On what marks the forty-second birthday of one of the 90s’–and fashion history’s–most beloved models, Kate Moss, let us take pause to reflect on all the ways one waif’s English poise has taught us the importance of not feeling.
Moss’ first major photo shoot at sixteen years old, for The Face, schooled us right away on the importance of apathy–not just in modeling, but in life. Posing for a spread entitled “The Third Summer of Love,” there’s nothing amorous in Moss’ eyes as she stares into the void and proves that caring equals death.
As her career progressed to the “heroin chic” phase of the early 90s, Moss took the beauty of detachment to new heights with her CK advertising campaign for, among other products, Obsession perfume. Indeed, her indifference is what have made so many obsessed with her–it’s the key to cultivating any long-lasting form of interest.
Even in 1995, at one of the many peaks of her career, she remained stoic in a futuristic glittering wedding dress made by Gianni Versace, telling us with a single look that the only reason to get married is for the dress. And, even while walking on water for Alexander McQueen’s 1996 fall/winter fashion show before the tortured fashion guru was tapped to be Givenchy’s head designer, Moss kept her signature brand of disaffectedness.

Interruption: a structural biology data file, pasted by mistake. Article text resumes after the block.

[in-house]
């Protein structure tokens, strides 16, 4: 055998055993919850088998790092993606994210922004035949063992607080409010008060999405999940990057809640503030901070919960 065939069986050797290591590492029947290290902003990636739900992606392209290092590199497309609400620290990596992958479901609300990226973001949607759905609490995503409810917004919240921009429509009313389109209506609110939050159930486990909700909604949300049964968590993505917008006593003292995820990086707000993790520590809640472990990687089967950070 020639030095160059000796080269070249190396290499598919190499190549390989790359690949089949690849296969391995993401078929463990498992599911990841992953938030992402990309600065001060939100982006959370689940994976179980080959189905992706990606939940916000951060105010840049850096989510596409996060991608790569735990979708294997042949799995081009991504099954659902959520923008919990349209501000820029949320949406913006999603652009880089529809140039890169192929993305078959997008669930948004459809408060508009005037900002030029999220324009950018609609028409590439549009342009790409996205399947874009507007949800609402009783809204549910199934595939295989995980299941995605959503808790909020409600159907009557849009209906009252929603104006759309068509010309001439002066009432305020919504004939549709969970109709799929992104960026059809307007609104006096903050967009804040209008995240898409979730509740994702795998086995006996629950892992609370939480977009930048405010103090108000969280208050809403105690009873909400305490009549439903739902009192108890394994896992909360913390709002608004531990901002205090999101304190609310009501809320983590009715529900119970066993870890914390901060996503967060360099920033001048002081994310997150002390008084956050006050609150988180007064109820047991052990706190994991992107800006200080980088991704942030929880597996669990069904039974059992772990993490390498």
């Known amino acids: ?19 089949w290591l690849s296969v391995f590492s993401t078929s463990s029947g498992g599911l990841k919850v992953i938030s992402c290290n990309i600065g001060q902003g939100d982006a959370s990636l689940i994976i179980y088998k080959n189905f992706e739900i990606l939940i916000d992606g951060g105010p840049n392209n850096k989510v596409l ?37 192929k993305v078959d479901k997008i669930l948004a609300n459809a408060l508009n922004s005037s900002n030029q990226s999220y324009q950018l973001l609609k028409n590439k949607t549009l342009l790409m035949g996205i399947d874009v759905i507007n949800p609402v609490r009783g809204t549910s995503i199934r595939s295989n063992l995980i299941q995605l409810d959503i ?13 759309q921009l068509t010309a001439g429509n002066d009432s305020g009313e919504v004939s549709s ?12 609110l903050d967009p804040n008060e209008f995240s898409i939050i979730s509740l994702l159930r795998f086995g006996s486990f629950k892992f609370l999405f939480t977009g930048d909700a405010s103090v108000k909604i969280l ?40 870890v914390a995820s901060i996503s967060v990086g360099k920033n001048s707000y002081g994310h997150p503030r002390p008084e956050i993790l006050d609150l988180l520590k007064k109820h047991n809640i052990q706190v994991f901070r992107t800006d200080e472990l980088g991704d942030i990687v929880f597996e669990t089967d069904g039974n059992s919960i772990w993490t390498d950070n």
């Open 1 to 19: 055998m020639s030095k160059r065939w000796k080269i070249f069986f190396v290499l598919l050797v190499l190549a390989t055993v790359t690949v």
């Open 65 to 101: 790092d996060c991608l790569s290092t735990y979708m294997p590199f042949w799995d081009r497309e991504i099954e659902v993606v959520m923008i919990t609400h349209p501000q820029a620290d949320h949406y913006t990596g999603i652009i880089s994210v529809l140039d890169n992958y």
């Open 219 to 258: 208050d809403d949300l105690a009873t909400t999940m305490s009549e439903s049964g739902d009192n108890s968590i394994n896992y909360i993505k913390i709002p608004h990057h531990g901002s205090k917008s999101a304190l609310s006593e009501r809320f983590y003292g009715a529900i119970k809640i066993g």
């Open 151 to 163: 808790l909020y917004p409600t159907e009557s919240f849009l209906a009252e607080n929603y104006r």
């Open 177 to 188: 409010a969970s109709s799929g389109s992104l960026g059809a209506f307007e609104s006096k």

By the early 00s, it wasn’t enough for Moss to merely be dispassionate, she had to cultivate the drug habit to match her 90s persona of careless recklessness–with the help of Pete Doherty to really do it up properly. But through it all–the dropped contracts with H&M, Chanel, etc.–Moss was a samurai in the art of not caring. And we would all do well to take a page from her–it would make for a much happier, more carefree existence. So make a wish for Moss’ birthday this year that she’ll always maintain that steely aura we can learn from time and time again.